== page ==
More than 300,000 households to move out of negative equity in 2015 and 2016 as house prices rise

The Dutch housing market will grow steadily this year and next. Some 182,000 houses are expected to be sold this year, a rise of 19% compared to 2014. In 2016 we expect between 175,000 and 195,000 houses to change ownership. House prices will rise too, by 2¾% in 2015 and by 2¾ to 4¾% in 2016. This is good news for households in negative equity. Some 150,000 households alone will move out of negative equity in 2015, meaning that the value of their house will once again be higher than their mortgage borrowing. This trend is expected to continue into 2016 for a further 170,000 households. These are the views of the economists at Rabobank in their Dutch Housing Market Quarterly published today.

 The number of houses sold will reach pre-crisis levels next year. Housing market economist Pieter van Dalen at Rabobank: ‘We do not expect the catch-up growth in sales we experienced in 2014 and the robust growth this year to continue in 2016. But we will certainly see the high levels of house sales again next year. This is largely due to the combined effects of ongoing and steady economic growth, greater purchasing power among households, rising employment, solid confidence in the housing market and low mortgage rates.’
 
Van Dalen anticipates a reduction in supply on the housing market as demand grows. ‘The number of houses from which buyers can choose, will fall. As a result, house prices are expected to rise slightly faster in 2016 than this year, which will be very helpful for those households in negative equity. This, together with regular repayments and capital accrual in savings mortgages, will enable a significant number of households to move out of negative equity. I should sound a note of caution, though, as the negative equity problem is still substantial: the group with a potential residual debt is still almost twice as large as before the crisis.’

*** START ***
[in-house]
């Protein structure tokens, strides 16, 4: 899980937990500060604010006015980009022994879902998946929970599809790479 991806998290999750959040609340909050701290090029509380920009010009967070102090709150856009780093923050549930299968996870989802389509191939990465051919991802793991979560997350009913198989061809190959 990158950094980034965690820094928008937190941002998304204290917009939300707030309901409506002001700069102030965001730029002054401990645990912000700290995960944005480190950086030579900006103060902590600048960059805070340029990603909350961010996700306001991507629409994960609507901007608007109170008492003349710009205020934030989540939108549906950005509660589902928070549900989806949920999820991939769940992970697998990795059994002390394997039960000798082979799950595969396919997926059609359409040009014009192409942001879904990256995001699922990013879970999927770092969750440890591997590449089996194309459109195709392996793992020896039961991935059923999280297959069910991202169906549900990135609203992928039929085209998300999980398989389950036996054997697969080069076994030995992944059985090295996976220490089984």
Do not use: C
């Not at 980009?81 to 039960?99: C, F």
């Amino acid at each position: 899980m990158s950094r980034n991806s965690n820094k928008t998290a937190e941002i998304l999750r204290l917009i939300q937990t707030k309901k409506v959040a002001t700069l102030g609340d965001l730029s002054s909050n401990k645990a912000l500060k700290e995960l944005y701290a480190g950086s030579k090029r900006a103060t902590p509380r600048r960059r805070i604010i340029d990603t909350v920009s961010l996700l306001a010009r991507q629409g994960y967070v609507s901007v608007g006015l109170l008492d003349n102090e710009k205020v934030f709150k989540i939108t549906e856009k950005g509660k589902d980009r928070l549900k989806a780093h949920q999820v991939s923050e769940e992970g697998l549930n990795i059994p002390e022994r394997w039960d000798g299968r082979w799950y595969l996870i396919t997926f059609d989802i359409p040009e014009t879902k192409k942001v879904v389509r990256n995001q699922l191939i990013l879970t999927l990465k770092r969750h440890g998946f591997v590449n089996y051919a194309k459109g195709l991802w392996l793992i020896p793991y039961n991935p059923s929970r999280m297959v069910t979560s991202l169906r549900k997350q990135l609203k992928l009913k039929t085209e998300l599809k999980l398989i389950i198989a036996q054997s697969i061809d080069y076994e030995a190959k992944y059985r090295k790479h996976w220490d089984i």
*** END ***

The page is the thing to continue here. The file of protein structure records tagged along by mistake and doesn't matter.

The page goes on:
Mortgage debt rising only slightly, mortgage rates low
Total mortgage debt will rise very gradually this year. The rise in the number of new mortgage approvals as the housing market picks up will be offset by a high level of extra repayments. Mortgage rates have been hitting new record lows virtually every quarter until now. Van Dalen: ‘For next year we expect interest rates in Europe to rise only very slightly, so that mortgage rates can remain low.’
 
Read the Dutch Housing Market Quarterly here: www.rabobank.com/economie